t EMQG

    L; (1)

    which could be as large as seconds to hours for photons inthe GeV to TeV range if the distance L traveled iscosmological.

    Consequently, given the timing accuracy of Fermi it hasbeen anticipated that after many events bounds could beput onMQG on the order ofMPlanck. But, as we discuss here,the situation is better than might have been hoped forbecause of several features of the early data from the

    telescope, which have so far been reported in other papers,talks by collaboration members, and notices for theGamma-Ray Burst Coordinates Network (GCN).(i) There have already been, in the first ten months of

    operation, at least eight [1517] gamma ray bursts(GRBs) detected whose spectrum extends to photonsnear or above 1 GeV in energy, with the highest-energy photon reported already at 13 GeV.

    (ii) In at least one case (GRB080916C [15]) the numberof events at high energy was abundant enough toallow spectral studies.

    (iii) Some bursts are at high redshift, with two bursts withz 4.

    (iv) In these early events there are clear trends that moreenergetic photons arrive later, although the structureof the events is complex.

    (v) Two short bursts have already been observed at highenergies, which offer approaches to bounding in-vacuo dispersion complementary to those possiblewith long bursts.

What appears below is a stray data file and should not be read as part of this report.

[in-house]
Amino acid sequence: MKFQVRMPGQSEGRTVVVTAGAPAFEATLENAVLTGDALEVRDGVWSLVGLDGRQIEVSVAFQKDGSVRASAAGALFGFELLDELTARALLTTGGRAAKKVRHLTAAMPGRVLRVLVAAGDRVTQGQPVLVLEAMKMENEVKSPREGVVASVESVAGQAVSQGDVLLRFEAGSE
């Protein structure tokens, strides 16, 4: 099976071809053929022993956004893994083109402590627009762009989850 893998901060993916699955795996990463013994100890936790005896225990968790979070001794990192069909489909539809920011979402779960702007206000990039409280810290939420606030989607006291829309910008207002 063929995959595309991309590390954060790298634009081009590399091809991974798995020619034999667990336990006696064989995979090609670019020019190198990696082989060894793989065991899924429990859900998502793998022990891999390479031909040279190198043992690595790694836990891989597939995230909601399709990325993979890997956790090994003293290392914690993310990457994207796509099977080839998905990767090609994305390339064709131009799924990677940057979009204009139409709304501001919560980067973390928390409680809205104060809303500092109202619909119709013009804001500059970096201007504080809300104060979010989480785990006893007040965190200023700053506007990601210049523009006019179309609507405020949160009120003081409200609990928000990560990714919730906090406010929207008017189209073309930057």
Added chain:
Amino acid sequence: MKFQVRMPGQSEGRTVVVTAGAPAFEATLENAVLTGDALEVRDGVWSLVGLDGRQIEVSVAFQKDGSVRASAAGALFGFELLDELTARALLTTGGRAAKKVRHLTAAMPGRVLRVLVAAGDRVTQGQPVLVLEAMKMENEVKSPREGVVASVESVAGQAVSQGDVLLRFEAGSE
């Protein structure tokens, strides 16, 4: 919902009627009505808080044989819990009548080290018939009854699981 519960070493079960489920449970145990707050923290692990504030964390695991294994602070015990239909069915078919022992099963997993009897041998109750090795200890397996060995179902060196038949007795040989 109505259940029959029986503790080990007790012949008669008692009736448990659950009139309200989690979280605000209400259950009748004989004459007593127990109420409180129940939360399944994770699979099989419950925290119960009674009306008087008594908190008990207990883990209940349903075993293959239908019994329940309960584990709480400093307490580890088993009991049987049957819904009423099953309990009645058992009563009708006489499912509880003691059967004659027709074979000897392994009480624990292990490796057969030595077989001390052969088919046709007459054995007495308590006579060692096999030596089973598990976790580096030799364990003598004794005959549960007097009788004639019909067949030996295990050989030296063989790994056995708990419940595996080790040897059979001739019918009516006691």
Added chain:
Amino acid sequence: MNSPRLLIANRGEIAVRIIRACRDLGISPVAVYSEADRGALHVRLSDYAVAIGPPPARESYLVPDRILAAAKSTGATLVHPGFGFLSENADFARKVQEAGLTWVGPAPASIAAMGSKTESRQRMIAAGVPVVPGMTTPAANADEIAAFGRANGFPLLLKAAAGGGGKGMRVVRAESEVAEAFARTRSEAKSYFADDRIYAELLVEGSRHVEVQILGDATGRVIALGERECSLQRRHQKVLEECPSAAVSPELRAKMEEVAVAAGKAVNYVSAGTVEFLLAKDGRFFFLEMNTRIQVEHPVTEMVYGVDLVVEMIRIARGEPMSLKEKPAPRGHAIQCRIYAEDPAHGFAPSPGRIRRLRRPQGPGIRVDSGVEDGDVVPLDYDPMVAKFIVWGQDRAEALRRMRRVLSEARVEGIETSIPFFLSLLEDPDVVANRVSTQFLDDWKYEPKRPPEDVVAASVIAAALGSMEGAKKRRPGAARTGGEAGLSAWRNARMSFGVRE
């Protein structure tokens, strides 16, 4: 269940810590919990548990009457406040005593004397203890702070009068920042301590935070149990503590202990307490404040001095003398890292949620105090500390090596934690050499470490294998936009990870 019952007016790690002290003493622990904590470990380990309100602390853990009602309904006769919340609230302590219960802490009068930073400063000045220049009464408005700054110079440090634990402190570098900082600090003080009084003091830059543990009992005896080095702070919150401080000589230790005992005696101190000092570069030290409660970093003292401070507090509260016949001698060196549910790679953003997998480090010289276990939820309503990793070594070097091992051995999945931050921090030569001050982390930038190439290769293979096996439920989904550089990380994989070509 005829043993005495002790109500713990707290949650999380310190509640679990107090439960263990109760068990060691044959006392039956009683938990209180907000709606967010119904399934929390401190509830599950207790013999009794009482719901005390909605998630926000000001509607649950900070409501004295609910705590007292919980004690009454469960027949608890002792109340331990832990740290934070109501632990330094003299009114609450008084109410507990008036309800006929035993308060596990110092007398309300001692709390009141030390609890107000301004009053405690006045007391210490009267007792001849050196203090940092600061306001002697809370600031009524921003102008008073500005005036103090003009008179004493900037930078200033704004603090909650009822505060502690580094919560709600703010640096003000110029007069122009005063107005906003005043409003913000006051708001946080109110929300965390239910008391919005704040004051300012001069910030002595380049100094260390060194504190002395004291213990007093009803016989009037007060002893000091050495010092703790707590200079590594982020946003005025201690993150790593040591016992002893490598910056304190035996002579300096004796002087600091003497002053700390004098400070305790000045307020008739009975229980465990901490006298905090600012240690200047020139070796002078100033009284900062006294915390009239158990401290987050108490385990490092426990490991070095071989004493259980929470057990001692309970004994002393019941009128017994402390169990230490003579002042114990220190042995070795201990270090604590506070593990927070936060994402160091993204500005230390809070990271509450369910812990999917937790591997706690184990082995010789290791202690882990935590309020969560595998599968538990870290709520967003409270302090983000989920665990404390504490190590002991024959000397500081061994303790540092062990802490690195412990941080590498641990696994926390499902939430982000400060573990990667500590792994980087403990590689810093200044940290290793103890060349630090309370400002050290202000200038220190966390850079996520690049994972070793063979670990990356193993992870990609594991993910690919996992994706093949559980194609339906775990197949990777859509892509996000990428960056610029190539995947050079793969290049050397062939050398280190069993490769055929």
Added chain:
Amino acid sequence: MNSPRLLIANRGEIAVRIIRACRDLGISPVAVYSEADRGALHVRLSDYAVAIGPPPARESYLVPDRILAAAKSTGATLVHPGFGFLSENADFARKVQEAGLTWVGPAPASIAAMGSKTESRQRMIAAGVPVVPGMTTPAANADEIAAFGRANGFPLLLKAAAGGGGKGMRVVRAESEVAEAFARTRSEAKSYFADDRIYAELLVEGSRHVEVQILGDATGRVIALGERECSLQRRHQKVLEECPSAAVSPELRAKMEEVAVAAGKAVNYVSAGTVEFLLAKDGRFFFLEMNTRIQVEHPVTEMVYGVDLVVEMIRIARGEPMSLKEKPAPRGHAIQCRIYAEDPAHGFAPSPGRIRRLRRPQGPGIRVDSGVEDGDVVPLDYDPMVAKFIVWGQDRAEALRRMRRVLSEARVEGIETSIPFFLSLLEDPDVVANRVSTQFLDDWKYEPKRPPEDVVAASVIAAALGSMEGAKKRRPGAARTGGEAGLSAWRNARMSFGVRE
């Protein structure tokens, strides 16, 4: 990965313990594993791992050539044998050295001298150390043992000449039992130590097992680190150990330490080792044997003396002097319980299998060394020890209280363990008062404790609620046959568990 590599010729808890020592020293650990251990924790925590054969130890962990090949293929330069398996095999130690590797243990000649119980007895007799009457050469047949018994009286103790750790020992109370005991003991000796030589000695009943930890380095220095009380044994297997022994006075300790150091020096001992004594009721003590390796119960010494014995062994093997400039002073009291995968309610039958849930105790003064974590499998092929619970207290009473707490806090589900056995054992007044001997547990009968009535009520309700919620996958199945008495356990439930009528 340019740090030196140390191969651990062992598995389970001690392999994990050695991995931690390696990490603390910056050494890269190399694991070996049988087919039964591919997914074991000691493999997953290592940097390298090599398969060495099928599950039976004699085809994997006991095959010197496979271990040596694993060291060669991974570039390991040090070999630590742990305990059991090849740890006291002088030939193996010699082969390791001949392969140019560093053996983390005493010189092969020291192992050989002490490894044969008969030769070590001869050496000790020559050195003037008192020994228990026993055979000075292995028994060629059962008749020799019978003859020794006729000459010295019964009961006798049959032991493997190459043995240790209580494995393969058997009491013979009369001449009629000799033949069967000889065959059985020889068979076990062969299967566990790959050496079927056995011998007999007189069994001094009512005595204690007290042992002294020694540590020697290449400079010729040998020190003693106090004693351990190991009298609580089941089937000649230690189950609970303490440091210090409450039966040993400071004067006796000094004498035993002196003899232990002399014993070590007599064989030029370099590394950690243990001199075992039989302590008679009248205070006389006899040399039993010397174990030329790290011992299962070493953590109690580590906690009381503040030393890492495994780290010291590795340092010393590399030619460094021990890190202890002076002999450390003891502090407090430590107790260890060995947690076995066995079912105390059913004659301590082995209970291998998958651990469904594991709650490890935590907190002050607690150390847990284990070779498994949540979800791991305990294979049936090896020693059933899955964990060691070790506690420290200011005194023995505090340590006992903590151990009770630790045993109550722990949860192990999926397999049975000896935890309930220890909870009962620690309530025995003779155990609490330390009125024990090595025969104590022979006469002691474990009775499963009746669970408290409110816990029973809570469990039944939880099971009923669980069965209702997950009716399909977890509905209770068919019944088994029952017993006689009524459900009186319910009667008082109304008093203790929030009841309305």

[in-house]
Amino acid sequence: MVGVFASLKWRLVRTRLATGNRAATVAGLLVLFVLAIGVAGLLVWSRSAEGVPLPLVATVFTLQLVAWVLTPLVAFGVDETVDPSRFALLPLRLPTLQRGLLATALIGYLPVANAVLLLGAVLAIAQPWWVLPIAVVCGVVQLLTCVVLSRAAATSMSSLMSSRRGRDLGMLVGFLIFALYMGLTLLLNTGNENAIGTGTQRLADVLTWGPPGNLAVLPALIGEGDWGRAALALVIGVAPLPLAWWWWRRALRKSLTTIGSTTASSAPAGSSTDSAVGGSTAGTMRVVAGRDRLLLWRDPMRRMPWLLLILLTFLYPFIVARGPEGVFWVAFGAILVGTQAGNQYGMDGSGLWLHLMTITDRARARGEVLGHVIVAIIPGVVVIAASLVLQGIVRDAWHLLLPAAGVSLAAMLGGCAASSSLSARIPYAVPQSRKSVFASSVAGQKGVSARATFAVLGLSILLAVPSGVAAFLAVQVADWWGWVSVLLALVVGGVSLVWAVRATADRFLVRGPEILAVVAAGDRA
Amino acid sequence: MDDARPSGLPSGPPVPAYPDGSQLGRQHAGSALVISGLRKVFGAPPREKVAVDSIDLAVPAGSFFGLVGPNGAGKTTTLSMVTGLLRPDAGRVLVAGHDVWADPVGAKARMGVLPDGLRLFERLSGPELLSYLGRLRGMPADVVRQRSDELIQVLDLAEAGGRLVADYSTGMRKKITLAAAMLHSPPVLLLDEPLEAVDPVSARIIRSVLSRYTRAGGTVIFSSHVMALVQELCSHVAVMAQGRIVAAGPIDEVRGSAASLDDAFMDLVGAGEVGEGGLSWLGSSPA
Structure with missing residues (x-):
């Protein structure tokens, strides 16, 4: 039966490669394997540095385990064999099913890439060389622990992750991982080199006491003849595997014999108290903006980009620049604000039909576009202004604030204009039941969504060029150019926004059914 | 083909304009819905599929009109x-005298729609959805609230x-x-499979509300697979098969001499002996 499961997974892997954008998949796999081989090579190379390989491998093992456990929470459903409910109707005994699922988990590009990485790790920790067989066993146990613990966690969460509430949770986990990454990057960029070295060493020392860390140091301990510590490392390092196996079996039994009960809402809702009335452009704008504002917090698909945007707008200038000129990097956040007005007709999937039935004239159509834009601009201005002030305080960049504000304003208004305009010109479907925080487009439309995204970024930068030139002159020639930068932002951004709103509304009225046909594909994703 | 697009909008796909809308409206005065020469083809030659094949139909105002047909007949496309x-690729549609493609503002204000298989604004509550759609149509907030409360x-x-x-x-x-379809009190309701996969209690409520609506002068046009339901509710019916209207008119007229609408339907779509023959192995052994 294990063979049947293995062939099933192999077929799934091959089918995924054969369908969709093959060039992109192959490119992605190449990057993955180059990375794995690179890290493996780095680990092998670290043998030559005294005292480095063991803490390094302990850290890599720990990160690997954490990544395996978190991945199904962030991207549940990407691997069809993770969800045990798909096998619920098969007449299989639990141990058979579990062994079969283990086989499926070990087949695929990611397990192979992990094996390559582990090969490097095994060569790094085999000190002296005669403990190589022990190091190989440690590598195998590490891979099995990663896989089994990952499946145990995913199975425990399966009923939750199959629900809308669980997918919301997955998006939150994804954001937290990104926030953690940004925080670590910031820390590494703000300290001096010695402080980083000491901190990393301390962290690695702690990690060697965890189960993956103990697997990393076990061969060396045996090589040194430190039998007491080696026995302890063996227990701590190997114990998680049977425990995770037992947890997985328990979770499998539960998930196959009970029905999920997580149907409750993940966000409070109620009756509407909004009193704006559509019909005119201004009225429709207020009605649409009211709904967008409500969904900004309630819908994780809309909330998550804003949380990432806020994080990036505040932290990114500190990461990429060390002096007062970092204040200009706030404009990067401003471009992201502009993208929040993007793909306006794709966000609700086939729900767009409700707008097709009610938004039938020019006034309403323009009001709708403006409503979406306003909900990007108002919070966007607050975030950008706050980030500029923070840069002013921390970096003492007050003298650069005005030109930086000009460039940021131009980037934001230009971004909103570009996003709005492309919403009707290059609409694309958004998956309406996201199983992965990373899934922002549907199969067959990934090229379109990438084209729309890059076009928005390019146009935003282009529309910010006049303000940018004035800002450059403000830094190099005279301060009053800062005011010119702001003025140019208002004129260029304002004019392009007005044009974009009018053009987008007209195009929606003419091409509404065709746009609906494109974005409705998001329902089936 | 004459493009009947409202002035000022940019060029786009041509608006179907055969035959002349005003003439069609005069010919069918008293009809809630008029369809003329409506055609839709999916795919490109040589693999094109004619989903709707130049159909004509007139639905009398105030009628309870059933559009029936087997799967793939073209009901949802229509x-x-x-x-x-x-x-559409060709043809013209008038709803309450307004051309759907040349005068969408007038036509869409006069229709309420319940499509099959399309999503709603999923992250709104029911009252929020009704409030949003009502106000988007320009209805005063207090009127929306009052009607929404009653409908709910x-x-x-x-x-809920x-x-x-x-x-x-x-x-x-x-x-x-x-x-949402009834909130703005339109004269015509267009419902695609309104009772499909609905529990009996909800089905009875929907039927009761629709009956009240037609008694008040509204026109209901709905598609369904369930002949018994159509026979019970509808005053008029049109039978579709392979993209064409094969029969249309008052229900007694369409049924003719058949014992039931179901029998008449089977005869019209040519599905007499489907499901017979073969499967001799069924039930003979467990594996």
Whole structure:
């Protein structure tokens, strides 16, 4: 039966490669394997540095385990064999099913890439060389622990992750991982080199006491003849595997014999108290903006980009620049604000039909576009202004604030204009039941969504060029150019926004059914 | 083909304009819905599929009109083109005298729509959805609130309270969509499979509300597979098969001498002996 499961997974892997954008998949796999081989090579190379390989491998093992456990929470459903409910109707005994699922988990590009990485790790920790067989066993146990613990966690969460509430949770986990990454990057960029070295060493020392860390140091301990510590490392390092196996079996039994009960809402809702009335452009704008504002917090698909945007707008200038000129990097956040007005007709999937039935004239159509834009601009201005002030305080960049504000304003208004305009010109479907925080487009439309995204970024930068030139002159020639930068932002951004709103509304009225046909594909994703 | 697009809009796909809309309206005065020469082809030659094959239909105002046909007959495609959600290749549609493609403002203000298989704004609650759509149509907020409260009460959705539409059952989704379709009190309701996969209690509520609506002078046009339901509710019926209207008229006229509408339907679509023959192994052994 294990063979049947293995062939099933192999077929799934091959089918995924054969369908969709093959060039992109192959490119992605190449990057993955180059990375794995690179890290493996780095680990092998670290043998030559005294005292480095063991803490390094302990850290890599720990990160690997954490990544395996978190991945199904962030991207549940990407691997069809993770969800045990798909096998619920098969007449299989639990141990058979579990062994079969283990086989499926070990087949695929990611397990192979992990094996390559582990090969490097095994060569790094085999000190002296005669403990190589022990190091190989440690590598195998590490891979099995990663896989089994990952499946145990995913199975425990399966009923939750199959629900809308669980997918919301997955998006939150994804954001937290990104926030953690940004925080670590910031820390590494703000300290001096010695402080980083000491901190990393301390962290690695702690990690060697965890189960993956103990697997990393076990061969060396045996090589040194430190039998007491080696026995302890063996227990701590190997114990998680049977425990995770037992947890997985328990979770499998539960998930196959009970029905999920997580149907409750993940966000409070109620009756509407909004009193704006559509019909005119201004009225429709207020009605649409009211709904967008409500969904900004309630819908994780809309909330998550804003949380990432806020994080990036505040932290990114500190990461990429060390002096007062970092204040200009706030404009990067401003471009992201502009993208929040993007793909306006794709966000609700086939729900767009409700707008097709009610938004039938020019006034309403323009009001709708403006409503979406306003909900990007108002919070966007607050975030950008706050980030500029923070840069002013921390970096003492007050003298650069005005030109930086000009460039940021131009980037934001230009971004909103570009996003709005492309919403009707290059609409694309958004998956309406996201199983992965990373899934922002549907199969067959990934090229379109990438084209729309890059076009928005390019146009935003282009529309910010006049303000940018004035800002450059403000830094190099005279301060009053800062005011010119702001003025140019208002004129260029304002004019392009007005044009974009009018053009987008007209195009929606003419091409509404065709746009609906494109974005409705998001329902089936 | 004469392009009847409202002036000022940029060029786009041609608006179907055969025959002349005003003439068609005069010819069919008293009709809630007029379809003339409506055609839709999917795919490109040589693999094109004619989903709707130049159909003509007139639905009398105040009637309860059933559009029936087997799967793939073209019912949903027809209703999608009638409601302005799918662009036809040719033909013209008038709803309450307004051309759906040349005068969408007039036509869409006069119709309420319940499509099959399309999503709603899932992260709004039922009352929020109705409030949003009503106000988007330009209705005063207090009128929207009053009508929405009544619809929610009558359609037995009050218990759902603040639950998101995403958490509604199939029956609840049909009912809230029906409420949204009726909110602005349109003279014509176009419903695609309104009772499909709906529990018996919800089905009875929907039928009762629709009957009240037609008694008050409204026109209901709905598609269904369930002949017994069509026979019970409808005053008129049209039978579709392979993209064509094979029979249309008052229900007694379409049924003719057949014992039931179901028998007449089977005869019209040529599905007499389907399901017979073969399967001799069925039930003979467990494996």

The combination of these factors means that stringentbounds on MQG may be possible in the near future. Thisalso, as we will discuss, leads to a possibility of succeedingat the more difficult challenge of measuring a nonzeroMQGas data accumulate. Making such a measurement is muchharder than setting a bound, because the structure of thebursts is complicated and there are astrophysical effects atthe sources over time scales comparable to ts expectedfrom (1). The challenge is then to find methodologieswhich can be applied to the accumulated data sets whichseparate astrophysical from possible quantum gravityeffects.To help us prepare for facing this challenge, we do the

    following in this paper. First, in the next section we survey

    *amelino@roma1.infn.itlsmolin@perimeterinstitute.ca1We use units such that the Planck constant @ and the speed-of-

    light scale c are set to 1. Since we are considering the possibilityof in-vacuo dispersion, we are implicitly assuming as an opera-tive definition of the speed-of-light scale the value of the speedof light in the infinite-wavelength limit.

    PHYSICAL REVIEW D 80, 084017 (2009)

    1550-7998=2009=80(8)=084017(14) 084017-1 2009 The American Physical Society